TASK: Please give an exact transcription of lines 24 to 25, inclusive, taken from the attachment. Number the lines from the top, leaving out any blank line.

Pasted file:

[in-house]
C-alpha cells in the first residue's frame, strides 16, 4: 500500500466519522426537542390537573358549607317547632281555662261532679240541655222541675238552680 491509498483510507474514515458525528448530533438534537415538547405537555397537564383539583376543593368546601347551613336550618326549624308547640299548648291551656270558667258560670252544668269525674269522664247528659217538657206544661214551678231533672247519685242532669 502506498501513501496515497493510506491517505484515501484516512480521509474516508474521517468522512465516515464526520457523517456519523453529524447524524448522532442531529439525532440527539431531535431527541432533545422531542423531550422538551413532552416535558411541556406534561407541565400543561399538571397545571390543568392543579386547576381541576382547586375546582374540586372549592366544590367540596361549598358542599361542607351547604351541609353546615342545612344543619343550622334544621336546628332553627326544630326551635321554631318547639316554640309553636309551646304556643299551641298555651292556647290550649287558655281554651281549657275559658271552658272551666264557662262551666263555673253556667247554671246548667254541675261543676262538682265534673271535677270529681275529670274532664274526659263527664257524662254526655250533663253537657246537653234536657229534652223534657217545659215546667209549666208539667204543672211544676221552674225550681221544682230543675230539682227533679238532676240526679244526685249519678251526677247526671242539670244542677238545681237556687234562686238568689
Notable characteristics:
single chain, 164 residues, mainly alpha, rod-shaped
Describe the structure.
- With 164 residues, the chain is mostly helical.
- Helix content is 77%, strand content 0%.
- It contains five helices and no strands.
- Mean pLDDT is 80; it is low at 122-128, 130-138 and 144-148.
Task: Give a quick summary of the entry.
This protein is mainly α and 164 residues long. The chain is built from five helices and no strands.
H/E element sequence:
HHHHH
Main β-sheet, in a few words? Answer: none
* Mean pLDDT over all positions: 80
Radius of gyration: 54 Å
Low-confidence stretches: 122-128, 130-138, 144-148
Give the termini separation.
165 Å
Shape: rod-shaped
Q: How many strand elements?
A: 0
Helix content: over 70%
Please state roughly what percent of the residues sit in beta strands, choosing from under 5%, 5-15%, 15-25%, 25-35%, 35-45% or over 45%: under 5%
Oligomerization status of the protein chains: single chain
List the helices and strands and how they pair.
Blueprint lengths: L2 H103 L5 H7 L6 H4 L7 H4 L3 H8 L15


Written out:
Please state roughly what percent of the residues sit in beta strands, choosing from under 5%, 5-15%, 15-25%, 25-35%, 35-45% or over 45%: under 5%
Oligomerization status of the protein chains: single chain